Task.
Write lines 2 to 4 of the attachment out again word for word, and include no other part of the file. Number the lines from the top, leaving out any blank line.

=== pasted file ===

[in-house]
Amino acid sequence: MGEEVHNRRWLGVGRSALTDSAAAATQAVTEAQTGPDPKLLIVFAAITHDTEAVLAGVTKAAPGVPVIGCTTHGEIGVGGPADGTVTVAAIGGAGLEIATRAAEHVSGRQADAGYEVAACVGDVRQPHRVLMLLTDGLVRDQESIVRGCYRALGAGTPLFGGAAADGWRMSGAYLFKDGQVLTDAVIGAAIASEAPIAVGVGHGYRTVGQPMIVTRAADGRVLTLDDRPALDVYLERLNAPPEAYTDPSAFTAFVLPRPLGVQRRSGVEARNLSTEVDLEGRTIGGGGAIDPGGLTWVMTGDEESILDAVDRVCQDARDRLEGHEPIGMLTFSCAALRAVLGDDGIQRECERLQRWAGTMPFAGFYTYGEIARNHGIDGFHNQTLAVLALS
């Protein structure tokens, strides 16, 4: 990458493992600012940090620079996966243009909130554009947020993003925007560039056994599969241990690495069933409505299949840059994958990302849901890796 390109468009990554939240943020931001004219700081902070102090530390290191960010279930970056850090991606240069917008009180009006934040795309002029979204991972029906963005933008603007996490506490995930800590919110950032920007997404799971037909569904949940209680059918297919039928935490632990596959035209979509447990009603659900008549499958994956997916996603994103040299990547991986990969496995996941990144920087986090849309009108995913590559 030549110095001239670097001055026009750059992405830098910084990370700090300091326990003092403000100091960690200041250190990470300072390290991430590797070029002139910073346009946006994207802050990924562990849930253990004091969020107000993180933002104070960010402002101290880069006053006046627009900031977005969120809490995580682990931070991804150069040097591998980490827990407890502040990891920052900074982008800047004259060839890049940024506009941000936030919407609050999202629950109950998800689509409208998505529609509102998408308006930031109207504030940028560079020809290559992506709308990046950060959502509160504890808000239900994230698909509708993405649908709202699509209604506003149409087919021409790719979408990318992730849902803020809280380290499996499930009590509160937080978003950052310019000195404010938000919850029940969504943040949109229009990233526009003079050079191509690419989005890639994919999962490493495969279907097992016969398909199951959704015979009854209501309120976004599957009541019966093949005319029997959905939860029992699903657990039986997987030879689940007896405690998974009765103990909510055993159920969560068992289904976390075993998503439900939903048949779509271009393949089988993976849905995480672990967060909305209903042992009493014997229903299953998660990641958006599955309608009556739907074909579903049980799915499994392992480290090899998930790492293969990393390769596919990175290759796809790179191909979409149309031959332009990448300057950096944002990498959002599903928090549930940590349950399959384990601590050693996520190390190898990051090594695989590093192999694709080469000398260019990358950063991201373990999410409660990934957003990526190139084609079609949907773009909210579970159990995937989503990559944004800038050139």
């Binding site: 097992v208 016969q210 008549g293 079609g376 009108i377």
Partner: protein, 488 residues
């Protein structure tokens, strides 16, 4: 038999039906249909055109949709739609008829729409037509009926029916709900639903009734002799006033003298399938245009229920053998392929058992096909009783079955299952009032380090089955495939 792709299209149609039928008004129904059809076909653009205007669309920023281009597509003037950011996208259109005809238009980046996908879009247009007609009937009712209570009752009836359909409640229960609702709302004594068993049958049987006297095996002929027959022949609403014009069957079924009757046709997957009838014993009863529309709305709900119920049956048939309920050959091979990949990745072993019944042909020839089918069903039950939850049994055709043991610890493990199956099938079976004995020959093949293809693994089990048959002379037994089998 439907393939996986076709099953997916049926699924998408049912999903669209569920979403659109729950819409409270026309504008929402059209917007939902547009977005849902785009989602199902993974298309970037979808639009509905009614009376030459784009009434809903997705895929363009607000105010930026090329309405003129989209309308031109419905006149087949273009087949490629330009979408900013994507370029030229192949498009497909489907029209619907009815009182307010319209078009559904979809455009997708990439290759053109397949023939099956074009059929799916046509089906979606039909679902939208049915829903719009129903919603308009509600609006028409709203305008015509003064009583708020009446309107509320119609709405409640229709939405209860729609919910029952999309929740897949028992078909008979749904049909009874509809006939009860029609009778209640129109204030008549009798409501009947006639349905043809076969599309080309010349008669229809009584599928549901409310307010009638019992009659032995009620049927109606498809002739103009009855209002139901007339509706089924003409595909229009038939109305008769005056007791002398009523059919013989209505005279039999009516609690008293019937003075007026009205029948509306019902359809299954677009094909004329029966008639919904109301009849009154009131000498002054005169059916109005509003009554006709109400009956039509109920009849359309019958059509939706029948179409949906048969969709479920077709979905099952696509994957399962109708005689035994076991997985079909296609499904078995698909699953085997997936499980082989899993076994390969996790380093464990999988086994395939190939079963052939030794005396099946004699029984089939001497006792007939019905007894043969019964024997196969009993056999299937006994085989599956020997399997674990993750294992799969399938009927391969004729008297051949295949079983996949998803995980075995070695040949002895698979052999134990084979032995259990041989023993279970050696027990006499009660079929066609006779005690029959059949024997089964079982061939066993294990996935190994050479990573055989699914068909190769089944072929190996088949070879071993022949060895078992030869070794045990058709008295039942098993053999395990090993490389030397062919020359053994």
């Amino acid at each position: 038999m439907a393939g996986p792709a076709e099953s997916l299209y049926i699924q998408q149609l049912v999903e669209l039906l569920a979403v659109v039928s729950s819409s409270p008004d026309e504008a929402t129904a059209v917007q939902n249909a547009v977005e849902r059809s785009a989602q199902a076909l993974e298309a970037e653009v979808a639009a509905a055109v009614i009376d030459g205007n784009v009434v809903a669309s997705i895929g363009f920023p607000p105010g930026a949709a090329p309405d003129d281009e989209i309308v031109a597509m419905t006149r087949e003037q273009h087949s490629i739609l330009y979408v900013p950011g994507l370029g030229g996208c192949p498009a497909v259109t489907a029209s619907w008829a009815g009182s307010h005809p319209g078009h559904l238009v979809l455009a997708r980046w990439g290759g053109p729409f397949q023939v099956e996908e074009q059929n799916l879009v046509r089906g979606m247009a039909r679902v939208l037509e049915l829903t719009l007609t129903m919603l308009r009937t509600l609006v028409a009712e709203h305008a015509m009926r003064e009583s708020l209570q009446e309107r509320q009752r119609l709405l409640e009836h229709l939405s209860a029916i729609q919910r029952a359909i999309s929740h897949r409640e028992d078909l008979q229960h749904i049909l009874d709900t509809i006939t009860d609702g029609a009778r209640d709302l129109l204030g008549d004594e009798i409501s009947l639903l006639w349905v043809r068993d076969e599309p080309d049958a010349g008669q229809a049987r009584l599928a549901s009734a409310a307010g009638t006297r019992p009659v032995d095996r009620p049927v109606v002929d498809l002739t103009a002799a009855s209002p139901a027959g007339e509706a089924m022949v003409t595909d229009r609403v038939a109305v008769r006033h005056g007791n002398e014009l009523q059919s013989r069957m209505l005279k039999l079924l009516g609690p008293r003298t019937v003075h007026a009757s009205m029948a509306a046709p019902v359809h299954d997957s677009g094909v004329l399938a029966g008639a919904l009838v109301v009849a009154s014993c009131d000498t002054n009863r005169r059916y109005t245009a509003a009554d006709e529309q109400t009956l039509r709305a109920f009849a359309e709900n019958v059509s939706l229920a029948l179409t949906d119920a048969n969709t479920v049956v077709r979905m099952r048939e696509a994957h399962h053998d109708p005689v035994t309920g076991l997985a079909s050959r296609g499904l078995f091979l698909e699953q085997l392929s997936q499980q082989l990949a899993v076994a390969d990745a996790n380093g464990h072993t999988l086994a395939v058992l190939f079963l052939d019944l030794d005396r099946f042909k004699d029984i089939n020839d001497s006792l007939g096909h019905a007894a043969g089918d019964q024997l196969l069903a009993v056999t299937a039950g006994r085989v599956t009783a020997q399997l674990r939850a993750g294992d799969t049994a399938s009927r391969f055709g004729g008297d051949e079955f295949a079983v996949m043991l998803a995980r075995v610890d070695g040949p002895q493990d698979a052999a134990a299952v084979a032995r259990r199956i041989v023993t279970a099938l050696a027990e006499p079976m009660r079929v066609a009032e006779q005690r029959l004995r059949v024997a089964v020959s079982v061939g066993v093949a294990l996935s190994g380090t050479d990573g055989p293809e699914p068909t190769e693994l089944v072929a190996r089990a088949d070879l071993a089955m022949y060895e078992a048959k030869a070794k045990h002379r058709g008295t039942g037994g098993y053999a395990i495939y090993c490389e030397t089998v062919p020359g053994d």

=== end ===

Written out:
Amino acid sequence: MGEEVHNRRWLGVGRSALTDSAAAATQAVTEAQTGPDPKLLIVFAAITHDTEAVLAGVTKAAPGVPVIGCTTHGEIGVGGPADGTVTVAAIGGAGLEIATRAAEHVSGRQADAGYEVAACVGDVRQPHRVLMLLTDGLVRDQESIVRGCYRALGAGTPLFGGAAADGWRMSGAYLFKDGQVLTDAVIGAAIASEAPIAVGVGHGYRTVGQPMIVTRAADGRVLTLDDRPALDVYLERLNAPPEAYTDPSAFTAFVLPRPLGVQRRSGVEARNLSTEVDLEGRTIGGGGAIDPGGLTWVMTGDEESILDAVDRVCQDARDRLEGHEPIGMLTFSCAALRAVLGDDGIQRECERLQRWAGTMPFAGFYTYGEIARNHGIDGFHNQTLAVLALS
């Protein structure tokens, strides 16, 4: 990458493992600012940090620079996966243009909130554009947020993003925007560039056994599969241990690495069933409505299949840059994958990302849901890796 390109468009990554939240943020931001004219700081902070102090530390290191960010279930970056850090991606240069917008009180009006934040795309002029979204991972029906963005933008603007996490506490995930800590919110950032920007997404799971037909569904949940209680059918297919039928935490632990596959035209979509447990009603659900008549499958994956997916996603994103040299990547991986990969496995996941990144920087986090849309009108995913590559 030549110095001239670097001055026009750059992405830098910084990370700090300091326990003092403000100091960690200041250190990470300072390290991430590797070029002139910073346009946006994207802050990924562990849930253990004091969020107000993180933002104070960010402002101290880069006053006046627009900031977005969120809490995580682990931070991804150069040097591998980490827990407890502040990891920052900074982008800047004259060839890049940024506009941000936030919407609050999202629950109950998800689509409208998505529609509102998408308006930031109207504030940028560079020809290559992506709308990046950060959502509160504890808000239900994230698909509708993405649908709202699509209604506003149409087919021409790719979408990318992730849902803020809280380290499996499930009590509160937080978003950052310019000195404010938000919850029940969504943040949109229009990233526009003079050079191509690419989005890639994919999962490493495969279907097992016969398909199951959704015979009854209501309120976004599957009541019966093949005319029997959905939860029992699903657990039986997987030879689940007896405690998974009765103990909510055993159920969560068992289904976390075993998503439900939903048949779509271009393949089988993976849905995480672990967060909305209903042992009493014997229903299953998660990641958006599955309608009556739907074909579903049980799915499994392992480290090899998930790492293969990393390769596919990175290759796809790179191909979409149309031959332009990448300057950096944002990498959002599903928090549930940590349950399959384990601590050693996520190390190898990051090594695989590093192999694709080469000398260019990358950063991201373990999410409660990934957003990526190139084609079609949907773009909210579970159990995937989503990559944004800038050139």
């Binding site: 097992v208 016969q210 008549g293 079609g376 009108i377």